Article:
"Right now we're back and forth, neck and neck," Foxworth said.
The Broncos feel pretty comfortable with both second-year cornerbacks. Williams, a second-round pick last year, quickly got a chance to start and held that job until he injured a groin muscle late in the year and missed some time.
Foxworth spent some time in the starting lineup as well. He replaced Bailey when Bailey dealt with a hamstring injury in midseason, and replaced Williams when Williams was injured.
Both have decent experience and a lot of talent, and no matter who ends up starting both will play a lot in the nickel defense.
Foxworth said he has noticed his own improvement during the offseason camps. He's making more plays because he can recognize what an offense is doing and how they are attacking him.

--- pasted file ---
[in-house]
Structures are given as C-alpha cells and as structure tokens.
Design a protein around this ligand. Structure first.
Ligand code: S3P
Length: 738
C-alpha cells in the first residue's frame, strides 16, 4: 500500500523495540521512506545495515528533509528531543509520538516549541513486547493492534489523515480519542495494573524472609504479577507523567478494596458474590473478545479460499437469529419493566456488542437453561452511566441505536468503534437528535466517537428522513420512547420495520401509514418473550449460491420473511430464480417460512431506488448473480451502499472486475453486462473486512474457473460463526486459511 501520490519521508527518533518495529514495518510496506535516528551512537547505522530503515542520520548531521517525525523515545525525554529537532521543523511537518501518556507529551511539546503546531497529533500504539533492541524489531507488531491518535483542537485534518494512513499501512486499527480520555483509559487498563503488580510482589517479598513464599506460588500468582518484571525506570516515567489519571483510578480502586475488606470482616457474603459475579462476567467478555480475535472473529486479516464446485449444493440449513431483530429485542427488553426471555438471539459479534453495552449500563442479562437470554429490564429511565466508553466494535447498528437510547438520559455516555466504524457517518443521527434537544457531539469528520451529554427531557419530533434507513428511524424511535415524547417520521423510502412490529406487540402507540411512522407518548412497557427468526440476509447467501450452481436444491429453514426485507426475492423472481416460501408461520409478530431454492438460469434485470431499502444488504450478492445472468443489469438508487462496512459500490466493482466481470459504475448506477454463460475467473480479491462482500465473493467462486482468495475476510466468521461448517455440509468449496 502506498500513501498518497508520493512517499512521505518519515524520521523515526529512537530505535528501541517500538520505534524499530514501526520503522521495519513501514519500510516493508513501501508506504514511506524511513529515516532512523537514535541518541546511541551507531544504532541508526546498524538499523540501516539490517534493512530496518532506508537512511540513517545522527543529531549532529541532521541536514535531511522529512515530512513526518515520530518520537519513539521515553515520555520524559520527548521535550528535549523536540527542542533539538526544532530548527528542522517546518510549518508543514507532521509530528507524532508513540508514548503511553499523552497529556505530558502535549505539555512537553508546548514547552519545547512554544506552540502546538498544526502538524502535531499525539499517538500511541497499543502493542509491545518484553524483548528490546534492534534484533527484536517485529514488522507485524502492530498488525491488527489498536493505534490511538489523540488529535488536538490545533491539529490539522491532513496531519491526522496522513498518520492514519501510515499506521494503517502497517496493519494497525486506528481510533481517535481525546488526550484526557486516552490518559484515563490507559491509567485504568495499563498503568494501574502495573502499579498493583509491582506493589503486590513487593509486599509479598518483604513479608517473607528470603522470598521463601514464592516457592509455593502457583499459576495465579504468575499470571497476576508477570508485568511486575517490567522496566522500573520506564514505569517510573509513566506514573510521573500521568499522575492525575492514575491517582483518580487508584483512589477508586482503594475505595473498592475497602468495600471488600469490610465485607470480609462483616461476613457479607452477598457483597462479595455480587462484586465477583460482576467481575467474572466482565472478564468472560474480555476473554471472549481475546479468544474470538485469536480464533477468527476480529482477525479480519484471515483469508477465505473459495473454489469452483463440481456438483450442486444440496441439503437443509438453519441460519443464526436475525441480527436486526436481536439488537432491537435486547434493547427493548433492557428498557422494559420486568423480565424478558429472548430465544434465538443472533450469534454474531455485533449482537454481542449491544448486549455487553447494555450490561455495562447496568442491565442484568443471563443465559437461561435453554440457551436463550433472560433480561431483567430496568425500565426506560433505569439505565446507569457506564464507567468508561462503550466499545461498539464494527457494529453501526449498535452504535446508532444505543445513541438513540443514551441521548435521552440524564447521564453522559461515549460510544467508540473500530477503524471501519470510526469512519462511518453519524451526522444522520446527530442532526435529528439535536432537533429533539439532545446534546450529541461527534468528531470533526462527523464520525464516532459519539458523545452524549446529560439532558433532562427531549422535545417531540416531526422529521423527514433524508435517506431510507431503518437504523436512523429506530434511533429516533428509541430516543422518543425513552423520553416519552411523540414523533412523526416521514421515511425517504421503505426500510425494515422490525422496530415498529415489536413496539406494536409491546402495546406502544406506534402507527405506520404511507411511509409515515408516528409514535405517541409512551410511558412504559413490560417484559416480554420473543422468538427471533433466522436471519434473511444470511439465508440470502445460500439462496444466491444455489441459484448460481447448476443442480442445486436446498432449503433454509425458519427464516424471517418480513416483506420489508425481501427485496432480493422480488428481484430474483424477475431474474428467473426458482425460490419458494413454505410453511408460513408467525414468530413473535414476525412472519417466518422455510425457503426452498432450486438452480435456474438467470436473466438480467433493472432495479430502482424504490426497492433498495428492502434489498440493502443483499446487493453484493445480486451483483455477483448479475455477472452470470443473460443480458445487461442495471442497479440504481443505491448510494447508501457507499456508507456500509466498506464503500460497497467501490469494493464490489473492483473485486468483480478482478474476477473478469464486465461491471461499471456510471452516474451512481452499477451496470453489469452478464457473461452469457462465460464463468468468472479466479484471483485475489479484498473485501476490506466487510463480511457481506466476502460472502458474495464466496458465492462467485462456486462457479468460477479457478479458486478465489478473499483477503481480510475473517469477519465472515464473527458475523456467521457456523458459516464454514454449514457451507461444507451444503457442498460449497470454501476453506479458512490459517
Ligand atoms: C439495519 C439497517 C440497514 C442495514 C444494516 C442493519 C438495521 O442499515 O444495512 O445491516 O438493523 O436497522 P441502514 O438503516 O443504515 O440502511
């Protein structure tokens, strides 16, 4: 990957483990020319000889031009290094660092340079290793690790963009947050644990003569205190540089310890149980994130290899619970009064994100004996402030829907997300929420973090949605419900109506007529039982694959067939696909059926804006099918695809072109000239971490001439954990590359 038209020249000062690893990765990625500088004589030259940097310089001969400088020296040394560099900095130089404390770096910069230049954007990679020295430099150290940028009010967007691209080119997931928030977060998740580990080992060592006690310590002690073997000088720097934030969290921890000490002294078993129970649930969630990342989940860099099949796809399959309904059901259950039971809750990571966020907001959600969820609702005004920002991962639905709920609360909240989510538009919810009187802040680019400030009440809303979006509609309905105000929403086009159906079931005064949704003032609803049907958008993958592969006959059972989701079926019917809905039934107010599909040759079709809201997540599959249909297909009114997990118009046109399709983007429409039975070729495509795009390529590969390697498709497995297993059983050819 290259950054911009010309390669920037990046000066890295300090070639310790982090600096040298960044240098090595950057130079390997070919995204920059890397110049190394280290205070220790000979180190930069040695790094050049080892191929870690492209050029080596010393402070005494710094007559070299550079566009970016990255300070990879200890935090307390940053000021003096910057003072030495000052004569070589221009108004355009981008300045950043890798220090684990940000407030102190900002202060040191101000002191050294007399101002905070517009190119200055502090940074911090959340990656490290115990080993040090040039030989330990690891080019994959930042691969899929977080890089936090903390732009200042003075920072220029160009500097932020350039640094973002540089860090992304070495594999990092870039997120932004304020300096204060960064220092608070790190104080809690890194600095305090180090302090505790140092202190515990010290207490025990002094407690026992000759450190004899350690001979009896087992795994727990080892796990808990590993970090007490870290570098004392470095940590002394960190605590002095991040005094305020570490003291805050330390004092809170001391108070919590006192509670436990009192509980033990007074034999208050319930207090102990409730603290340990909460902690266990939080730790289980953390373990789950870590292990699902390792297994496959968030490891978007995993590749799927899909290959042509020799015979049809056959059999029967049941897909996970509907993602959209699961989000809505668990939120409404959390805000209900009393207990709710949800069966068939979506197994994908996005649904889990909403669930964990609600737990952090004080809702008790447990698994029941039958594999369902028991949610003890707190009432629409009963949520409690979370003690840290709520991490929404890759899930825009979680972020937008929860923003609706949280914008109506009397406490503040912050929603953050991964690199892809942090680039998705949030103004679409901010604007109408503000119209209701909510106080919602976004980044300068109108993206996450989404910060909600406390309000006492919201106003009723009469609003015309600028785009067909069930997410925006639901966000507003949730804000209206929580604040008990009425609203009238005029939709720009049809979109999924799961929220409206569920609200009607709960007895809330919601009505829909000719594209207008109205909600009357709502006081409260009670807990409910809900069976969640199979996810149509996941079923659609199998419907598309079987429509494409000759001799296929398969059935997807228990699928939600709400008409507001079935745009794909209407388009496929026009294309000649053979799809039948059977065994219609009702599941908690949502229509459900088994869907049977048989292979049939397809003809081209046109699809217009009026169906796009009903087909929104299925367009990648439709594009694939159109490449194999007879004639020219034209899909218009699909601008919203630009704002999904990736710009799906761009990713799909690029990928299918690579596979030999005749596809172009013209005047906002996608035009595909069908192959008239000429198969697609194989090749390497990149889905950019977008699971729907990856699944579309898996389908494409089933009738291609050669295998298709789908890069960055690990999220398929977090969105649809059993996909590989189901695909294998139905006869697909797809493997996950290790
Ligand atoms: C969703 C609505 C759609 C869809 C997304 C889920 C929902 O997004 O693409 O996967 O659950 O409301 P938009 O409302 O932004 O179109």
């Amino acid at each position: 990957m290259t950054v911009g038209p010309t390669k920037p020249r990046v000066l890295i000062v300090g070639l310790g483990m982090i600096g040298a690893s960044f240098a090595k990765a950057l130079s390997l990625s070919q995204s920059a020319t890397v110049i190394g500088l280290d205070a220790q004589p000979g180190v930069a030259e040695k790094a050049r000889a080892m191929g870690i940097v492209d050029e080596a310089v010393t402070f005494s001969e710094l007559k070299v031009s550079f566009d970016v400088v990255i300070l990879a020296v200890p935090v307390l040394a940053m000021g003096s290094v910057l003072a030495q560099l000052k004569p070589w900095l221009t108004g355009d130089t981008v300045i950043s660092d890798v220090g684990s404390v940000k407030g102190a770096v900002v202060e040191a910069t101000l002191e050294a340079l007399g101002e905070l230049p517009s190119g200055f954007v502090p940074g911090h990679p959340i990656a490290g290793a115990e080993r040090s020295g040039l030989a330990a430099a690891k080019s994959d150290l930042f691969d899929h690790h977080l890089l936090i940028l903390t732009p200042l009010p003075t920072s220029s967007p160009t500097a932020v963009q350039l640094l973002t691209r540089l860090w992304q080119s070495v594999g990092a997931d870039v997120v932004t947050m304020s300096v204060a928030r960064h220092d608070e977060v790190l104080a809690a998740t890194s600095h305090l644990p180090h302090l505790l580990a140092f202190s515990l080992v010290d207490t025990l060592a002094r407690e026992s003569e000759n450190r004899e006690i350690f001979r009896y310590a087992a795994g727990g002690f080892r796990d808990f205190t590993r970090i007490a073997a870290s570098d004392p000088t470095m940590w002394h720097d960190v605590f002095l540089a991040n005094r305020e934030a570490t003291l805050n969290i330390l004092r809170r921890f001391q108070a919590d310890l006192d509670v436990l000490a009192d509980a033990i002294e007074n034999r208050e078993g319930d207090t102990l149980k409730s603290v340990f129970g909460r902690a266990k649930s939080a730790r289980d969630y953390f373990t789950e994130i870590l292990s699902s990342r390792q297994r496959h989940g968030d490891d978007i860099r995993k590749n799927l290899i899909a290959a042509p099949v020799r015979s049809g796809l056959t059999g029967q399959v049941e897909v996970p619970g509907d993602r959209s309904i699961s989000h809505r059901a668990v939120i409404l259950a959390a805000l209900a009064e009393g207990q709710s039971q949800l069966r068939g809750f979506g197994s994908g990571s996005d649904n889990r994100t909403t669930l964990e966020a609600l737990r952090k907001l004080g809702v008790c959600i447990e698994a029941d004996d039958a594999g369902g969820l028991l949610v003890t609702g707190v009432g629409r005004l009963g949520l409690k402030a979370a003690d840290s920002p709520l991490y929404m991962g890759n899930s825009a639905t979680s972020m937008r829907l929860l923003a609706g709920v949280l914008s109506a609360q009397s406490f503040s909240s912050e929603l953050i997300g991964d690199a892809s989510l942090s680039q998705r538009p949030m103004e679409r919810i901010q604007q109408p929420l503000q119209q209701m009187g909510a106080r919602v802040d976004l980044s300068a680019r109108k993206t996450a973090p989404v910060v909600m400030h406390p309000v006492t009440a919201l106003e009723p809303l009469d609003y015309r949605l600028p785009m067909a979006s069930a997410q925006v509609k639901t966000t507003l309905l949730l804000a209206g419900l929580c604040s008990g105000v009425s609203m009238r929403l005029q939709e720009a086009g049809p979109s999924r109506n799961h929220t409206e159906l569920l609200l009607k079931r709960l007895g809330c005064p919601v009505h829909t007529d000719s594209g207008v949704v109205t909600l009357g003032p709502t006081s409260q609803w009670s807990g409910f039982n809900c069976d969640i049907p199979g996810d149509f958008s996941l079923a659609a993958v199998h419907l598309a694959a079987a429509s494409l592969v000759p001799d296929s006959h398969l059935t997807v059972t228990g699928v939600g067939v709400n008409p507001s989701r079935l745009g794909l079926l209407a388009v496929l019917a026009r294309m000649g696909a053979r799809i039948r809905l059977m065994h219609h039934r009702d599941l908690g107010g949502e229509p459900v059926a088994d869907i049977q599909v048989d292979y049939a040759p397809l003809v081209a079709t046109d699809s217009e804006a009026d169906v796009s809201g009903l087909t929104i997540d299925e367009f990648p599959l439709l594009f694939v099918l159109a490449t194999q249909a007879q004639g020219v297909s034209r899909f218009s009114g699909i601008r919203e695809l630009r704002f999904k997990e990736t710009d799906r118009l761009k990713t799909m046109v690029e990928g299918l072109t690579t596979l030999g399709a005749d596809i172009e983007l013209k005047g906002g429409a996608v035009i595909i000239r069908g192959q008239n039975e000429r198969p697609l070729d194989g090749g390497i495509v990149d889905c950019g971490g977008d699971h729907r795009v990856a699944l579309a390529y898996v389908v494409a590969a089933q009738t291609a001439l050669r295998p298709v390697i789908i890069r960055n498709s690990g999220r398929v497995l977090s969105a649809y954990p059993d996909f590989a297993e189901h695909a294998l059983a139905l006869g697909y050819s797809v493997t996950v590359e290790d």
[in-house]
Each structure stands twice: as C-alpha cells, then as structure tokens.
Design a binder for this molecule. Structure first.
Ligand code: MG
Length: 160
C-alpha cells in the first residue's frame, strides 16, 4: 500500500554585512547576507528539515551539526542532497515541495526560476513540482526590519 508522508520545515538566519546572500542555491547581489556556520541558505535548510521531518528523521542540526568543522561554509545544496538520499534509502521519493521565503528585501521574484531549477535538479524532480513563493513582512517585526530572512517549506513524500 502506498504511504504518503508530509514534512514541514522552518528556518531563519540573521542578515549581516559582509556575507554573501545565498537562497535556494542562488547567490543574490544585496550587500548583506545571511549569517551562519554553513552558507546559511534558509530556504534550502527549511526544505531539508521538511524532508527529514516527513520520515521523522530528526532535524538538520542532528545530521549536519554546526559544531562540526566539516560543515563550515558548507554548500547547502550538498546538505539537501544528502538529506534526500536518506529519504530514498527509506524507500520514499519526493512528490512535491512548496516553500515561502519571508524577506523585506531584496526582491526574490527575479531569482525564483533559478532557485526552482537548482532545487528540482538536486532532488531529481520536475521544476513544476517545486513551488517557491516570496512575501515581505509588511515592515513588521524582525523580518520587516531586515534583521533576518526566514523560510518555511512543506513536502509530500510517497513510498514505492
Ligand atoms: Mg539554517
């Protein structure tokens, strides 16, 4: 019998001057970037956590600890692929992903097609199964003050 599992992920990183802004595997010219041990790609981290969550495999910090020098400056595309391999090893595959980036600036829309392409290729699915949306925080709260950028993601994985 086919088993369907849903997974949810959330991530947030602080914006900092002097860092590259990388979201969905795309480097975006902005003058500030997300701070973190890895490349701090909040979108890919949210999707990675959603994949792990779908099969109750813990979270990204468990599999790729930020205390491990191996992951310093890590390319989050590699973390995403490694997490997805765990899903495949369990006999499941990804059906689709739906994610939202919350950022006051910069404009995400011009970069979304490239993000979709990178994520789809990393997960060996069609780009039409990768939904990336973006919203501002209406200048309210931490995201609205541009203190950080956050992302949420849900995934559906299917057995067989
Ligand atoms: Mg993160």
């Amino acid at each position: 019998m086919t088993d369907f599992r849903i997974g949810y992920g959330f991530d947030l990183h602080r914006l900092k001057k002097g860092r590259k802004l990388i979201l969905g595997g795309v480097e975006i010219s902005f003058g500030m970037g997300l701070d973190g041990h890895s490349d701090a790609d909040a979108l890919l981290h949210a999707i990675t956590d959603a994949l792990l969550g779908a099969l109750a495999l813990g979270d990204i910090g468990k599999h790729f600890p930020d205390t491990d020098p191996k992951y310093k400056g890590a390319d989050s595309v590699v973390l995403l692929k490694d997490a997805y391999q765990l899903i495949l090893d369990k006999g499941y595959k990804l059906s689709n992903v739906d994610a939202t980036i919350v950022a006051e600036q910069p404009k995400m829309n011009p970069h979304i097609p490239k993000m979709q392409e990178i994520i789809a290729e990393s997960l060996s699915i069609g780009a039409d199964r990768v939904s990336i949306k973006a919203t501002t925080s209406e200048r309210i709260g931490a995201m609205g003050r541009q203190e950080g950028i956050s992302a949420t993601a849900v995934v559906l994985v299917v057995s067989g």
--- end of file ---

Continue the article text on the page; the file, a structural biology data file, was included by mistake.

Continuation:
"I know both of those guys are going to help us," Broncos safety John Lynch said. "I've been impressed from day one when they came in, with the maturity playing a position that's tough to play. And you can see them taking the next step."
Head coach Mike McCarthy announced after practice during the team's organized team activities that Washington had been released. Washington was a third-round draft pick (72nd overall) by Green Bay in 2004 but never played a down in a regular season game.
"Quite frankly, we're kind of excited about some of the fellas we have at that position," general manager Ted Thompson said. "We wish him well; we wish it would have worked out here. But, this gives him a chance to go hook on with another team."
Washington was signed through 2007.